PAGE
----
The Mojave Siphon Powerplant that generates electricity
solely for the pumps along the California Aqueduct.
Passing by the headquarters of Las Flores Ranch.
This building used to be an elementary school. It
is seen just before S.R. 173 ends at S.R. 138.
If you are driving through Summit Valley and you have an
urge to eat some Sushi, then you will be in luck!
Once on S.R. 138, you will notice more residences in
this part of Summit Valley.
Just before reaching Summit, there is this monument on
the right side of the road. It mentions the "Summit train station"
and Elliot Ranch.
This is the large turnout at the summit of S.R. 138.
Pull over to the right here and you can look down over the edge onto the
railroad tracks. Don't get too close! It is about a 60 foot
Looking over the edge from the turnout. View is to
the east. The train on the right is using one of the track
switches to transfer from the 1885 to the 1913 line. The train on
the left is on the 2008 line.
A Union Pacific stack-train is racing a small
construction train over the summit. For those that like details,
the first UP locomotive is an AC6000CW built by General Electric and
puts out 6,250 horsepower, while the second is an SD70M built by the
Electro-motive Works of General Motors and puts out around 4,300
To eliminate a tight turn which caused numerous
derailments, the BNSF tracks were completely realigned in 1970.
This occurred at the same time that the railroad removed the town of
Summit. This picture points out approximately where the small town
used to be located.
Looking towards I-15, you can see where the path of the
tracks were before 1970.
Panorama of the Cajon Pass from the turnout on S.R. 138.
(you may need to use the
scroll bar at the bottom of your screen)
Same picture as above but with callouts.
The site of Cajon as seen from the short paved road just
after exiting I-15.
Looking west at the rocks above Sullivan’s Curve.
You spot the tracks going through the curve just below the large rock
Looking northwest towards the I-15 truck scales and
where the 1885 railroad line rejoins the 1913 line.
One can think that the Cajon Pass is just full of trains
and power lines. But because of its location, the Cajon Pass is a
very important transportation corridor.
Historic 66 highway signs are painted on the pavement.
A bridge, located less than one mile south of I-15's
Cleghorn exit, still sports the "1930" stamp of when it was built.
Approaching Blue Cut which was named for the eroded hillside
with the slight bluish tint seen in this picture.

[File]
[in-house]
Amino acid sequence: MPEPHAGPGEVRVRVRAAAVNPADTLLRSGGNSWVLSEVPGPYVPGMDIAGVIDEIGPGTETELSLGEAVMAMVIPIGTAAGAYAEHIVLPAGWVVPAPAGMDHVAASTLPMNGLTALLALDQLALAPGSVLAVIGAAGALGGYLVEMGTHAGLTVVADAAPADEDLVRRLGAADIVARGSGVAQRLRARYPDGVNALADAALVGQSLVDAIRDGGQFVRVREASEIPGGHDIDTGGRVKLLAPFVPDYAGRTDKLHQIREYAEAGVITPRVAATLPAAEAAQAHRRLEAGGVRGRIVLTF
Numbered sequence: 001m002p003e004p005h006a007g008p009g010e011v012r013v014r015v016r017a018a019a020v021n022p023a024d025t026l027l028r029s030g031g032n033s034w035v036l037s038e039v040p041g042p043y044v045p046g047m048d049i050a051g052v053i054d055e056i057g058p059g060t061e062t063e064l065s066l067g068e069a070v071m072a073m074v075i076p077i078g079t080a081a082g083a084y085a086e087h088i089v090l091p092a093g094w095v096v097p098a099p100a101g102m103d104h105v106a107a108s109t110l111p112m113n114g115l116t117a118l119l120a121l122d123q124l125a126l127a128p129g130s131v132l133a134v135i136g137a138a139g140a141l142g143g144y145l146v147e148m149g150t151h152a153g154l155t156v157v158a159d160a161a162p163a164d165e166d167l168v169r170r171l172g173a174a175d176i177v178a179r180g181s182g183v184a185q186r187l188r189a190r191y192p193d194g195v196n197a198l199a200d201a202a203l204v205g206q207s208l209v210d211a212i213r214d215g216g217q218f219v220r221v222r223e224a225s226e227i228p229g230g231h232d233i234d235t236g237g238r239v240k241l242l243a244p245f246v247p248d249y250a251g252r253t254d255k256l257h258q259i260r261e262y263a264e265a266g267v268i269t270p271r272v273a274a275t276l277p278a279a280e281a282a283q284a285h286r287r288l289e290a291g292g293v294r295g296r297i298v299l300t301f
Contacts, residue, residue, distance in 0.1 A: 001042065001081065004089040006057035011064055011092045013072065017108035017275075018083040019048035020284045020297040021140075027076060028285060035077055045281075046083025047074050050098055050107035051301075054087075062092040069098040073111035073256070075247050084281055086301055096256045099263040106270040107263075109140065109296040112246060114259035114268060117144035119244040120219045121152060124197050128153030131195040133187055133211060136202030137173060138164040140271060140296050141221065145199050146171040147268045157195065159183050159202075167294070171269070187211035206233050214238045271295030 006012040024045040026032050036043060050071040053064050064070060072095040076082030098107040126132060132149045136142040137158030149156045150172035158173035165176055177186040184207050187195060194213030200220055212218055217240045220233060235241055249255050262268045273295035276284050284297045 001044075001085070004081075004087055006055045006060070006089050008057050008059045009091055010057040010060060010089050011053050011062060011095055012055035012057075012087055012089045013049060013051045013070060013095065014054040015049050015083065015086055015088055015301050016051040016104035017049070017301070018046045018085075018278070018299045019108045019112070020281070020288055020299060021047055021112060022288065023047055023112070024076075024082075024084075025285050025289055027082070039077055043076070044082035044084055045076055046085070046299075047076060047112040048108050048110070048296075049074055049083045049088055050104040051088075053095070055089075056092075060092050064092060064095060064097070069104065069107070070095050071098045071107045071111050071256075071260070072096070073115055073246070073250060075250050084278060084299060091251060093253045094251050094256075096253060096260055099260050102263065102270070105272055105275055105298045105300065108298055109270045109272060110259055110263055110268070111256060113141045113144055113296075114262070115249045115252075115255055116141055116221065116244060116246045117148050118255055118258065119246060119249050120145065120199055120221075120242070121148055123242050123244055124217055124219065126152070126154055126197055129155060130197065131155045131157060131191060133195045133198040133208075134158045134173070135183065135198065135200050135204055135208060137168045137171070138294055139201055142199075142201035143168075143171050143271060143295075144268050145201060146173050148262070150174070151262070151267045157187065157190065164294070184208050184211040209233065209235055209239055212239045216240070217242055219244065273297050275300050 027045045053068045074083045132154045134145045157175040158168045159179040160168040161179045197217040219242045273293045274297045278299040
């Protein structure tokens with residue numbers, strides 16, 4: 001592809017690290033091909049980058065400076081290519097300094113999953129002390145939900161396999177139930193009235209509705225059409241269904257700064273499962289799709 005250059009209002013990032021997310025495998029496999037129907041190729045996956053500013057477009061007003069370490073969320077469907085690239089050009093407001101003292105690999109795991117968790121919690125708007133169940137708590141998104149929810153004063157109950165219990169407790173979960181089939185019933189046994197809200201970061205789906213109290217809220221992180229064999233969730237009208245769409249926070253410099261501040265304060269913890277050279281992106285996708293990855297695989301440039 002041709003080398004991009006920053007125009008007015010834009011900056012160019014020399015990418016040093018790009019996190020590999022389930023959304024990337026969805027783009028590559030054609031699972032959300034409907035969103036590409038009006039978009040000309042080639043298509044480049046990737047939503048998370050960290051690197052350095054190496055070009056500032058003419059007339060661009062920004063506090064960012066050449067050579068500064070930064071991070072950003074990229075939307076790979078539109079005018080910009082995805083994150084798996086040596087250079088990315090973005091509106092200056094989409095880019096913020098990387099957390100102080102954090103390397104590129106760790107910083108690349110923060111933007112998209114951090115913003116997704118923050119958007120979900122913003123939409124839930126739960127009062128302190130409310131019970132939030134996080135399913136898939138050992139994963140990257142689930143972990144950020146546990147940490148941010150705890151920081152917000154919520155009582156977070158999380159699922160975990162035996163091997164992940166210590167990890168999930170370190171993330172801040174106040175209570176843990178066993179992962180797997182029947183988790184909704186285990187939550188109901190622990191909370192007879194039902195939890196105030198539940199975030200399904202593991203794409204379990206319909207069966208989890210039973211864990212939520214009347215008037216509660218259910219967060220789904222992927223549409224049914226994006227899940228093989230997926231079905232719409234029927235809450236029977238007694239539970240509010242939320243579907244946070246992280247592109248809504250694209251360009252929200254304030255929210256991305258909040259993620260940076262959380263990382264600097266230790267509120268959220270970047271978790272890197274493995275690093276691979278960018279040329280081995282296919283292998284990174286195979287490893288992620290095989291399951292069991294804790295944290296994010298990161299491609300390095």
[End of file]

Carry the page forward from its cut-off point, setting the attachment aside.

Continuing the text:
A wider picture left of the same eroded area. The
base of this ridge is roughly the non-visible fault line of the San
Satellite image and diagram showing the San Andreas
Fault's role in creating Cajon Pass and splitting the San Bernardino and
San Gabriel mountain ranges.
Approaching the old Blue Cut rest area.
The old, fancy walls built along the rest area. Our
current-day highway department definitely doesn't make 'em like they
At the end of the rest area (south side), you can see
this old-style arch bridge that the BNSF tracks sit on.
The original divided Highway 66 snakes through a narrow
segment of the pass just south of Blue Cut.
During the months of May and June, you will see an
abundance of bushes with these yellow flowers in the Cajon Pass.
This is Spanish Broom (Spartium junceum). If you are not
familiar with this plant, it has a great smell. So be sure to stop
and take a whiff of this plant if it is blooming.
Also during May and June, you will certainly see lots of
these stalks. This is known as Hesperoyucca whipplei (Yucca
whipplei with many sub-species), Our Lord's Candle, Spanish Bayonet or simply the
"common yucca". Their white blooms will be very abundant in the
lower part of the Cajon Pass.
A common bush that you may see is the bush poppy (Dendromecon
rigida). Its brilliant yellow flowers can be spotted from a
distance. Because this plant does well pioneering in new areas
that have been affected by fire (it doesn't like to compete with other
plants), the numerous fires over past few years have helped this plant
get well established now in the Cajon Pass and Summit Valley. It
was not common 5-10 years ago.
A closer look at the bush poppy's leaves and yellow
flower. The flower and seed pods look like a typical poppy flower.
Highway 66 follows a more straight path as it goes
through the lower part of the pass.
If you look over the barrier where the drivable portion
of Highway 66 ends at Kenwood Avenue, you will see the eroded pavement
of the divided highway.
Meanwhile, back to the middle of the Cajon Pass, this is
the scene behind the northbound truck scales of where you can park your
car and walk up Crowder Canyon.
The beginning of the trail through Crowder Canyon.
Several information plaques explain the ecology of the area.
Not more than a hundred feet into the canyon, you will
see a cement footing that used to hold a bridge of the original Highway
Close look at the cement footing on the other side of
You can see how close this site is to I-15.
If you feel ambitious, you can follow the Pacific Crest
Trail, which sits on the old Highway 66 roadbed, for the length of the
Hiking out of the north end of Crowder Canyon.
I-15 can be seen in the upper left.
After leaving Crowder Canyon, this is the turn-off from
S.R. 138 onto the old Highway 66. It is now known and signed as
Forestry Road 3N45.
Approaching the railroad crossing of the 1885 line.
Just after that, the 3N45 road goes underneath the other two BNSF lines.
BNSF railroad bridges over 3N45.
After crossing the UP line, the old roadbed of Highway
66 continues to climb rather steeply.
Almost at the top of the Cajon.
The turnout with the view of the Cajon Pass just before
reaching Oak Hills Road.